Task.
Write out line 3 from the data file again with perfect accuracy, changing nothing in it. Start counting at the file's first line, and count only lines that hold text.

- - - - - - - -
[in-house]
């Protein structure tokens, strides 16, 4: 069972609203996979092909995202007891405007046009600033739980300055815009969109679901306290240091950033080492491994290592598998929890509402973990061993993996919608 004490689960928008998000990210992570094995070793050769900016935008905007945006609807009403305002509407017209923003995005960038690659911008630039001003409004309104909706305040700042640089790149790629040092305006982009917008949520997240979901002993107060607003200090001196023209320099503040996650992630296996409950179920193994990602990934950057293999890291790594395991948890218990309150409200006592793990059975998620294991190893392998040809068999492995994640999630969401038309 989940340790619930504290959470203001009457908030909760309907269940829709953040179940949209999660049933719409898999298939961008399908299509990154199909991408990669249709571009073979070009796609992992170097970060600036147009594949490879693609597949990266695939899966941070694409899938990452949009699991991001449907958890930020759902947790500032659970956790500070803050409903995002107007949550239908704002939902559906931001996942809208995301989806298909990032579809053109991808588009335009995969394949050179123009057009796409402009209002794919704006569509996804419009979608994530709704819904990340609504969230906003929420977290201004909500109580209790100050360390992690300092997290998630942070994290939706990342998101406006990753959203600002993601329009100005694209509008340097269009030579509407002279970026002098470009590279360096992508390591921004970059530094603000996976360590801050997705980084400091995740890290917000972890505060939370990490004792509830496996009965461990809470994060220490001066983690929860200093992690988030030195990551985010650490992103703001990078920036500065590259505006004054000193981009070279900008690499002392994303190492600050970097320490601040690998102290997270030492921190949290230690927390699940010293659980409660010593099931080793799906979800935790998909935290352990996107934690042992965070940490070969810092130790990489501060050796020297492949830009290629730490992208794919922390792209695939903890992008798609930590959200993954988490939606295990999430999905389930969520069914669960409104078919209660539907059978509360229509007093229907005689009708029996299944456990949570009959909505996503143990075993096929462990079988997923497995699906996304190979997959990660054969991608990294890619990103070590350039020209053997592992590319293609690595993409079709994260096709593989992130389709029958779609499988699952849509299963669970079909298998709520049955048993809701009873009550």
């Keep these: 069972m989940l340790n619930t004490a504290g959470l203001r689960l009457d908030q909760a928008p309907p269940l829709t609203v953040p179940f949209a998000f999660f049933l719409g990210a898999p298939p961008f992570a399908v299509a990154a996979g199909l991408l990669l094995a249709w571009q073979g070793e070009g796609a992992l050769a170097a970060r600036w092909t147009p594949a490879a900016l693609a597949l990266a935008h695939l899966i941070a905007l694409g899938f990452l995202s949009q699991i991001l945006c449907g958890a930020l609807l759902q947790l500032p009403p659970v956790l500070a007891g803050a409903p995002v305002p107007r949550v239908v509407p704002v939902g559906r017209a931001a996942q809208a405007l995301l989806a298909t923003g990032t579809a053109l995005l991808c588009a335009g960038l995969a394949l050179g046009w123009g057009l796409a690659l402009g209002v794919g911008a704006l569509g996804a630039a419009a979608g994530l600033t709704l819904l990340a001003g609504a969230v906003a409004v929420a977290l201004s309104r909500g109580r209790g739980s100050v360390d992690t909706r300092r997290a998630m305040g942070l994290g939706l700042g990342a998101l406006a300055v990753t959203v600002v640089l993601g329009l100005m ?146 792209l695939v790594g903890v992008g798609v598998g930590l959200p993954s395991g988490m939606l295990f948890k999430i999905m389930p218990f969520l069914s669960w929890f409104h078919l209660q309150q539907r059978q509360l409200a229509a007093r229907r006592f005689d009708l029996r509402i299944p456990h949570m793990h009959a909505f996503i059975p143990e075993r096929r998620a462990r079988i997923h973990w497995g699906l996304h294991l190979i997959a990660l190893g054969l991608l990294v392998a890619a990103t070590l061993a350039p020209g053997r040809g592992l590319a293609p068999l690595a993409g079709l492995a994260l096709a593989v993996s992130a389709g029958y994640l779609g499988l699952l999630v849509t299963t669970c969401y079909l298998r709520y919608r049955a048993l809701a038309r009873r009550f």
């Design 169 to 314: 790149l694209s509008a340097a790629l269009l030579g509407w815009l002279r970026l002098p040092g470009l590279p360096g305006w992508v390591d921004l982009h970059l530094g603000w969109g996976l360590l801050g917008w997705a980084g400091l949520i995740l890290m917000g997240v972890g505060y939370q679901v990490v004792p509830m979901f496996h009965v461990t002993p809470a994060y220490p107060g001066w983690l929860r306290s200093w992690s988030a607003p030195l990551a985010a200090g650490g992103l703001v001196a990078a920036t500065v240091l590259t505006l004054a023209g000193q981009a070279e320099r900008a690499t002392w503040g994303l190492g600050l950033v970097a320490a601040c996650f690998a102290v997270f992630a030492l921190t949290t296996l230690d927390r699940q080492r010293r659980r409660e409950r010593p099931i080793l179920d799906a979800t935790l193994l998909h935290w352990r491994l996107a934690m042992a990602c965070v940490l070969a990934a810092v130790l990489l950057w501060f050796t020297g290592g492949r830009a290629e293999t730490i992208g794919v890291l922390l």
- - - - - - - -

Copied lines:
């Keep these: 069972m989940l340790n619930t004490a504290g959470l203001r689960l009457d908030q909760a928008p309907p269940l829709t609203v953040p179940f949209a998000f999660f049933l719409g990210a898999p298939p961008f992570a399908v299509a990154a996979g199909l991408l990669l094995a249709w571009q073979g070793e070009g796609a992992l050769a170097a970060r600036w092909t147009p594949a490879a900016l693609a597949l990266a935008h695939l899966i941070a905007l694409g899938f990452l995202s949009q699991i991001l945006c449907g958890a930020l609807l759902q947790l500032p009403p659970v956790l500070a007891g803050a409903p995002v305002p107007r949550v239908v509407p704002v939902g559906r017209a931001a996942q809208a405007l995301l989806a298909t923003g990032t579809a053109l995005l991808c588009a335009g960038l995969a394949l050179g046009w123009g057009l796409a690659l402009g209002v794919g911008a704006l569509g996804a630039a419009a979608g994530l600033t709704l819904l990340a001003g609504a969230v906003a409004v929420a977290l201004s309104r909500g109580r209790g739980s100050v360390d992690t909706r300092r997290a998630m305040g942070l994290g939706l700042g990342a998101l406006a300055v990753t959203v600002v640089l993601g329009l100005m ?146 792209l695939v790594g903890v992008g798609v598998g930590l959200p993954s395991g988490m939606l295990f948890k999430i999905m389930p218990f969520l069914s669960w929890f409104h078919l209660q309150q539907r059978q509360l409200a229509a007093r229907r006592f005689d009708l029996r509402i299944p456990h949570m793990h009959a909505f996503i059975p143990e075993r096929r998620a462990r079988i997923h973990w497995g699906l996304h294991l190979i997959a990660l190893g054969l991608l990294v392998a890619a990103t070590l061993a350039p020209g053997r040809g592992l590319a293609p068999l690595a993409g079709l492995a994260l096709a593989v993996s992130a389709g029958y994640l779609g499988l699952l999630v849509t299963t669970c969401y079909l298998r709520y919608r049955a048993l809701a038309r009873r009550f």